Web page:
In the original tale, when the Boy cries wolf for the third time and there really is a wolf, the villagers abandon him by not coming to his aid.
I’m mad at them for that. They deserve to lose their flock.
After all, the Boy proves twice that he isn’t mature enough to be a shepherd. If he isn’t ready and they let him keep his job, they have an obligation to come no matter how many times he lies.
I’m opposed to letting a child suffer a cruel fate, so to set things straight, I leaped into storytelling. Betsy is utterly honest. She would withstand torture (luckily, it doesn’t come to that!) before she would lie. But she’s up against a clever, desperate, hungry wolf with a plan, and the story takes off from there.
The impetus for Betsy Red Hoodie (HarperCollins, 2010) was to support Betsy Who Cried Wolf. Several editors told me that a second Betsy book would help keep the first alive. Despite the zillions of series in the world, it had never occurred to me that this could be a strategy.
My first step was to read Aesop, who is to blame for “The Boy Who Cried Wolf.” I was hunting for a fable involving wolves or sheep, and I found a few but nothing just right. Finally, I left fables behind and thought of “Little Red Riding Hood.”
Questions often start me revamping fairy tales. In this case, I wondered how Little Red can be taken in by that conniving wolf. And why doesn’t she see in half a second that the creature in her grandma’s bed is not her grandma?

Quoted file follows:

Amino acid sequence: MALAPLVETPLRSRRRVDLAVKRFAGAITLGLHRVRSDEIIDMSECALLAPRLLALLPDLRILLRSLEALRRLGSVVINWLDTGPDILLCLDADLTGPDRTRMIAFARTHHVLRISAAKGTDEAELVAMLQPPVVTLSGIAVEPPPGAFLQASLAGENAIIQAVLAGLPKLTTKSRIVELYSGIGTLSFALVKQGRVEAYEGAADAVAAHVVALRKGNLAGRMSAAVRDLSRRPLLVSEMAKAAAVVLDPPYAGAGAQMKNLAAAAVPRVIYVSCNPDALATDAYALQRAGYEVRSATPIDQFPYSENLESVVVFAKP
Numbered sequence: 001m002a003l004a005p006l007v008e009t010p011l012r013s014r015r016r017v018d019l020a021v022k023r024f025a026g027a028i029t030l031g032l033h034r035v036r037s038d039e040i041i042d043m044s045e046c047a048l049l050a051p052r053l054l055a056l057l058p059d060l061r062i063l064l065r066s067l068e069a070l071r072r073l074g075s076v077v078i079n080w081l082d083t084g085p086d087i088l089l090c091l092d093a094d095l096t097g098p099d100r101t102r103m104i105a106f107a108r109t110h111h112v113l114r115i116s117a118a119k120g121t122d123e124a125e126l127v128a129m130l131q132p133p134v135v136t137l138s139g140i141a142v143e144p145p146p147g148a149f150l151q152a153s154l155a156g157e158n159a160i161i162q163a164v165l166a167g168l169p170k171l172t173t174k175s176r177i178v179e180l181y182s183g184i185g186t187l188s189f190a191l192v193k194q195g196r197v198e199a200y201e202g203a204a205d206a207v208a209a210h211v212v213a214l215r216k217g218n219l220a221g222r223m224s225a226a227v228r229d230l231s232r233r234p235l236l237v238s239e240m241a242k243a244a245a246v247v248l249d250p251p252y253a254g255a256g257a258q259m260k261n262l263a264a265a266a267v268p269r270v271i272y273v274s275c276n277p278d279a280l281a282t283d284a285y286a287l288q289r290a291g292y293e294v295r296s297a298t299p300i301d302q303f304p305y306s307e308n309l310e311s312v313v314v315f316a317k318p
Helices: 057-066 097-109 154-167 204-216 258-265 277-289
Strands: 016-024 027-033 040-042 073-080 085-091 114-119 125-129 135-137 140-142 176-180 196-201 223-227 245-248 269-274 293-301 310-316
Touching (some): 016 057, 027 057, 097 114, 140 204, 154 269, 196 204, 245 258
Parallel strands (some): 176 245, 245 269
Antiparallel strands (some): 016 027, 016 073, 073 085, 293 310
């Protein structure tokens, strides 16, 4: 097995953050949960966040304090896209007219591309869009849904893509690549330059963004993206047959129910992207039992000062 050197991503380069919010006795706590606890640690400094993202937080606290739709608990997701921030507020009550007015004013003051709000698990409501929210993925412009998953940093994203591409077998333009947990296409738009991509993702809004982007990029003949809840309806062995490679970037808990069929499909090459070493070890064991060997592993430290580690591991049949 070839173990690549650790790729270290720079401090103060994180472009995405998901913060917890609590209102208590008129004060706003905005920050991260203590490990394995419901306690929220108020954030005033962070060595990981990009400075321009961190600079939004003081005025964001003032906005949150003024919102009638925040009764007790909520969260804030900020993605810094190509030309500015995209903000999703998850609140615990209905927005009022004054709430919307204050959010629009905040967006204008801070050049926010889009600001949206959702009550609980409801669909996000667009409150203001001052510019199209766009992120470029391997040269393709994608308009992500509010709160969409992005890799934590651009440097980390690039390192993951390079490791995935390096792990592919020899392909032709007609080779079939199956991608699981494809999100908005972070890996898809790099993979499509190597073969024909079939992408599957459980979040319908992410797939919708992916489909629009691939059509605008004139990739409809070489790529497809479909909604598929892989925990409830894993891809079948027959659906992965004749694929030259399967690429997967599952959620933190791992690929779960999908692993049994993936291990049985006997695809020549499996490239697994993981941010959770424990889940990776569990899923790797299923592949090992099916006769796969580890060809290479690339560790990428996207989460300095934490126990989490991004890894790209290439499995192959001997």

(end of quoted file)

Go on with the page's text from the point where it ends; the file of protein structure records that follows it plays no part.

Aha! Rather than a fleshed-out character, she’s really an automaton acting out a moral lesson. So what can I do with the story to make it more complex…and cheerful? The original–even in the version where Little Red and Granny are rescued by the hunter–is a bummer.
But her best friend and fellow shepherd Zimmo – a familiar wolf – has persuasive power over her, so she takes him with her to Grandma’s house on her first trip there without her mother, despite the warnings of a farmer and a hunter.
Zimmo has a plan, just as he did in the first book, not a diabolical, people-eating plan, but enough of one to give the story picture-book level tension when he deserts Betsy halfway to their destination.
For writers who want to work with folk and fairy tales, I suggest starting with stories that make you mad or leave you scratching your head.
Why does the witch want Rapunzel? Why do the elves stop visiting the shoemaker once they have clothes? Doesn’t Snow White resent being made a servant by the seven dwarfs, after a while anyway?
Think of possible answers.
Then dream up characters who can bring the answers to life. Put them together in a scene or two, and you’re off, careening down the story road in your own pumpkin coach.
Gail expands on the topic of writing from fairy tales in her blog post, “Spinning Fairy Tales.”